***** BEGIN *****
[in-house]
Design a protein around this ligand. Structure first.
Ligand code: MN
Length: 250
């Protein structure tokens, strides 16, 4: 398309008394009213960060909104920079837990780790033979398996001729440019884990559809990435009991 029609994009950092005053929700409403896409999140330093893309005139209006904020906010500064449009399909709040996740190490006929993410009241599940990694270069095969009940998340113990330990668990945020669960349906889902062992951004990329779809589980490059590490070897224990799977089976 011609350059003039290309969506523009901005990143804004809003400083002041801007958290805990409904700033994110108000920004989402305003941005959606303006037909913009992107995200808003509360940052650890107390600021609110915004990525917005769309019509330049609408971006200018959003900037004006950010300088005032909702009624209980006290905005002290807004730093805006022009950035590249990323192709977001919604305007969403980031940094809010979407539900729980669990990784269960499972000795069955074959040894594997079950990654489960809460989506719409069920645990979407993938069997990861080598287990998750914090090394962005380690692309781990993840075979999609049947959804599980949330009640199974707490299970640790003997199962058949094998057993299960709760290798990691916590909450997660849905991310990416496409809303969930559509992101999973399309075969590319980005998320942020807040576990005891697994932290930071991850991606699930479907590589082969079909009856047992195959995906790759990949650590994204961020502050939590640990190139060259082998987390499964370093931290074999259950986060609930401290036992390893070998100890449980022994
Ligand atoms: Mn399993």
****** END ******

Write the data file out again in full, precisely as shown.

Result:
[in-house]
Design a protein around this ligand. Structure first.
Ligand code: MN
Length: 250
């Protein structure tokens, strides 16, 4: 398309008394009213960060909104920079837990780790033979398996001729440019884990559809990435009991 029609994009950092005053929700409403896409999140330093893309005139209006904020906010500064449009399909709040996740190490006929993410009241599940990694270069095969009940998340113990330990668990945020669960349906889902062992951004990329779809589980490059590490070897224990799977089976 011609350059003039290309969506523009901005990143804004809003400083002041801007958290805990409904700033994110108000920004989402305003941005959606303006037909913009992107995200808003509360940052650890107390600021609110915004990525917005769309019509330049609408971006200018959003900037004006950010300088005032909702009624209980006290905005002290807004730093805006022009950035590249990323192709977001919604305007969403980031940094809010979407539900729980669990990784269960499972000795069955074959040894594997079950990654489960809460989506719409069920645990979407993938069997990861080598287990998750914090090394962005380690692309781990993840075979999609049947959804599980949330009640199974707490299970640790003997199962058949094998057993299960709760290798990691916590909450997660849905991310990416496409809303969930559509992101999973399309075969590319980005998320942020807040576990005891697994932290930071991850991606699930479907590589082969079909009856047992195959995906790759990949650590994204961020502050939590640990190139060259082998987390499964370093931290074999259950986060609930401290036992390893070998100890449980022994
Ligand atoms: Mn399993």